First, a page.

Last year, Congress passed the Elijah E. Cummings Federal Employee Antidiscrimination Act. In January, the Office of Personnel Management (OPM) proposed the rule it would use to uphold the law. Now, at the beginning of February, the comments period for the proposed rule is coming to a close. If the rule moves untouched into the federal workplace, what should workers expect?
As the Federal Times reports, the rule implements a new law that aims to inform federal employees of their rights. It also mandates that federal agencies report the actions they take to enforce those rights.
Seven ways the proposed rule could improve transparency
Lawmakers passed the Elijah E. Cummings Federal Employee Antidiscrimination Act to better hold federal agencies accountable for discrimination and whistleblower retaliation. While it does not grant employees any new rights, the law helps ensure they understand the rights they already have. The OPM’s proposed rule translates this law and its aims into several parts:
- Mandated whistleblower protection and antidiscrimination training for all employees, managers and supervisors
- 90-day deadline for new employees to learn about their rights as federal employees
- Whistleblower protection and antidiscrimination refresher training every two years
- Mandated reporting of all finalized cases of intentional discrimination and retaliation
- 120-day deadline for agencies to report all actions taken in response to cases of discrimination and retaliation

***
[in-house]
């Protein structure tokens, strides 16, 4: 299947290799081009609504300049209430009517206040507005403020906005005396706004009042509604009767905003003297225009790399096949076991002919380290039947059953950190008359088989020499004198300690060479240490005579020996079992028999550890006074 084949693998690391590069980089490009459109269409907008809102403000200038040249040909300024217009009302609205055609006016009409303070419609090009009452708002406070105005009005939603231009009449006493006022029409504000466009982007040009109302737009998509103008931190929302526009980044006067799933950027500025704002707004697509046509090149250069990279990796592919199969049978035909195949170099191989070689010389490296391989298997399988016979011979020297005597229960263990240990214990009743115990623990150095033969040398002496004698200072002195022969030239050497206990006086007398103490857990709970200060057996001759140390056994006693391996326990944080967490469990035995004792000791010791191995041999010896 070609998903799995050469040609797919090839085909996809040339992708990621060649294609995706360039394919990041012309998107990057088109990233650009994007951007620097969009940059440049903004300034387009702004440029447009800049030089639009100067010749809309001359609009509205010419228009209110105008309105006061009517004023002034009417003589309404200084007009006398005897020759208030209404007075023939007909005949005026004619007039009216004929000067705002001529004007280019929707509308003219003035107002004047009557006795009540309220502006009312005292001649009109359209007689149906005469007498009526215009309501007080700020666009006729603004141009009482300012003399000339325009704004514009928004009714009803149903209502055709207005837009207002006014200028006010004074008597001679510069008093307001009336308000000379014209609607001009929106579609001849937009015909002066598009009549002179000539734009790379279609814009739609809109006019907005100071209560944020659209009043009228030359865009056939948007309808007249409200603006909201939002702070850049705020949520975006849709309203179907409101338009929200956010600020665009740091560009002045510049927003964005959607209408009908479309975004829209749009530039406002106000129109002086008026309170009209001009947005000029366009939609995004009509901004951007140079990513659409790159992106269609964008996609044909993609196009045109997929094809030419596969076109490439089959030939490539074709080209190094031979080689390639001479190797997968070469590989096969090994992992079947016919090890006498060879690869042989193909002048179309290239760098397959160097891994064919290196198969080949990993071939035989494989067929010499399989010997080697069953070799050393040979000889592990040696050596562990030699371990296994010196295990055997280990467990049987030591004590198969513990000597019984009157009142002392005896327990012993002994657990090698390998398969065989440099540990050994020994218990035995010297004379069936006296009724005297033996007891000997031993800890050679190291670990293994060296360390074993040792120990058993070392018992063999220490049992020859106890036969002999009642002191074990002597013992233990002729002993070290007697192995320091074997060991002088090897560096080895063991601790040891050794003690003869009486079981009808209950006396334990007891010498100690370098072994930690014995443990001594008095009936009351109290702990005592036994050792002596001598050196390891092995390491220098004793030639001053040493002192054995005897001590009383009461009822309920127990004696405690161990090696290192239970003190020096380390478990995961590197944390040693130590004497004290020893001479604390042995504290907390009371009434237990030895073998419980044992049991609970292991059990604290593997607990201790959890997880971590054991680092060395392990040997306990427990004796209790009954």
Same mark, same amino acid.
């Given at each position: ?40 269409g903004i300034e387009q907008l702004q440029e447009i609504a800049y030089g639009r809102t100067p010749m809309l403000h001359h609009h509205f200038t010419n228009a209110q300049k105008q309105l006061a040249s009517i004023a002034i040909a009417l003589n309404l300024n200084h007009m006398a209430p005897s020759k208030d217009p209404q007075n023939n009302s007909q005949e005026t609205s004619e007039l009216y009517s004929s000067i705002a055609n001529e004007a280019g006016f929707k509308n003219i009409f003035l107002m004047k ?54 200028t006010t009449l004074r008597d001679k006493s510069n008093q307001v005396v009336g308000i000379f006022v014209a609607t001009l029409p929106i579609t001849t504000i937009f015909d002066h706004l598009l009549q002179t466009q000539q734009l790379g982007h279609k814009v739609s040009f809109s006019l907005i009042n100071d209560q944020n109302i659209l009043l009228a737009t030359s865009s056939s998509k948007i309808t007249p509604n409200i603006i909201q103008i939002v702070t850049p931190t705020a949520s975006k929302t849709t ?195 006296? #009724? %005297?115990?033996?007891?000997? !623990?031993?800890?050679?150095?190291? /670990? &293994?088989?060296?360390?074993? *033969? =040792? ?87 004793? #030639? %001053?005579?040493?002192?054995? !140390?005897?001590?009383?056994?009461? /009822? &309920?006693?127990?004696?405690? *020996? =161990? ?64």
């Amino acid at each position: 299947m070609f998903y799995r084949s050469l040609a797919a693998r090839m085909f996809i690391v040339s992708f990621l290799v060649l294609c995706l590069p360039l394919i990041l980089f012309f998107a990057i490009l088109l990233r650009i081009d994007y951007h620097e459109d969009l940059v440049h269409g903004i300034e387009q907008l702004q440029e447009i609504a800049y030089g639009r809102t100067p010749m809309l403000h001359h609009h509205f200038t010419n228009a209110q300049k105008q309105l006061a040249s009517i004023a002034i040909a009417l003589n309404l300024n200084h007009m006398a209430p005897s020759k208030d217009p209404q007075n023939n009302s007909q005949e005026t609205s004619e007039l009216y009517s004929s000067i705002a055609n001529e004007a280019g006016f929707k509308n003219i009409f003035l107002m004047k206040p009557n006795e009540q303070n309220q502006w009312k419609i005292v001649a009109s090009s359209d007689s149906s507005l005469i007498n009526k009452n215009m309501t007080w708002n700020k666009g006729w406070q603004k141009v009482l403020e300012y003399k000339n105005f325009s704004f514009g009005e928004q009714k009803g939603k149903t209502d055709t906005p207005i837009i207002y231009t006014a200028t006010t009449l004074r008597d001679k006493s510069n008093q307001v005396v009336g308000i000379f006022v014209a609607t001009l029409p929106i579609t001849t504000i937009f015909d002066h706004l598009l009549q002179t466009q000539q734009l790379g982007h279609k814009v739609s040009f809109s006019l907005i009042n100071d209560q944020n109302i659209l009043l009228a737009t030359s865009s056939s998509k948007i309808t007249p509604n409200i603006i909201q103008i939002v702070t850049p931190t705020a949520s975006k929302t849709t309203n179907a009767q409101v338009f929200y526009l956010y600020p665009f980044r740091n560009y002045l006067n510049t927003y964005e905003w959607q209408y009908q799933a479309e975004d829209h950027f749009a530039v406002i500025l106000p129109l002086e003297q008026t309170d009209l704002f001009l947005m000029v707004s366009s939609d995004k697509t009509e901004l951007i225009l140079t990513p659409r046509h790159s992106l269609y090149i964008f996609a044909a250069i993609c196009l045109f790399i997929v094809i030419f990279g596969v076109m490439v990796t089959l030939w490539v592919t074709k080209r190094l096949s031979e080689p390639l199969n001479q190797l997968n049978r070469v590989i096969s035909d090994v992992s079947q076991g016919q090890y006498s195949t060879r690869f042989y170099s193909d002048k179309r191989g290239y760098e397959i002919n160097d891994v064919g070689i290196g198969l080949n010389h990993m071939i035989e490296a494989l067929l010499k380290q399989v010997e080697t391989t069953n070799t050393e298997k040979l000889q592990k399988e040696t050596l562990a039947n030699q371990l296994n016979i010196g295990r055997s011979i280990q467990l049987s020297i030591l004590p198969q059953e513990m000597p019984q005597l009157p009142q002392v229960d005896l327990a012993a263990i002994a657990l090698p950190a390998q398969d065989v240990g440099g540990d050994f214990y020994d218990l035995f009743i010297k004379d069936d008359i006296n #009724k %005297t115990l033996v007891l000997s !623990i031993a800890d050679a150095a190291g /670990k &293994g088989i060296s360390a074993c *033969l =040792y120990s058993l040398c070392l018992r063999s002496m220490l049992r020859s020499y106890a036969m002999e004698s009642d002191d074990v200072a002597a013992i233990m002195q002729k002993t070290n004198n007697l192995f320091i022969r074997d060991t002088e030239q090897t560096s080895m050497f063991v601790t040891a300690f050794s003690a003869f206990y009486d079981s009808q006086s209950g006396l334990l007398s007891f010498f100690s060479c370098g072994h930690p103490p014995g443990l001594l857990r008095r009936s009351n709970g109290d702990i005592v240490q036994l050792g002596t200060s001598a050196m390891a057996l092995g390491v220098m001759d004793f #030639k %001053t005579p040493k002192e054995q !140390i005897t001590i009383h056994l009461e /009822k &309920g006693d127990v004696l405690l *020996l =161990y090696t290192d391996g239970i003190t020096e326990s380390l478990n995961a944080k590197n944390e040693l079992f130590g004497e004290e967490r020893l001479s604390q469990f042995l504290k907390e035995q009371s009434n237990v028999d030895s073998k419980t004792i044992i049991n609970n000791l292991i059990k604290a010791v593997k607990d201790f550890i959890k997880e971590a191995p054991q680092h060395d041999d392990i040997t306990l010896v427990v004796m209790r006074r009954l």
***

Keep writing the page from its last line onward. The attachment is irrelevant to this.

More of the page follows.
- Specific guidelines for reporting that demand agencies post accessibility-formatted links from their public-facing websites
- Agency tracking of all discrimination and retaliation cases from filing to resolution
The definition of a “finalized” case is important here. According to the OPM, a finalized cases has exhausted all potential appeals, the agency has chosen not to appeal by its deadline or a court has made a final judgment.
Will greater transparency lead to better protection?
The new law and rule are important because federal employees continue to face discrimination and retaliation in the workplace. Employees who are better informed are better able to respond appropriately. Agencies and employees that face greater accountability should be more highly motivated to avoid illegal behaviors.
Of course, only time will reveal how much the new law and rule may help. The comments period for the proposed rule closes February 4th. The OPM will then draft its final rule, and that will go into effect no sooner than 30 days after its publication.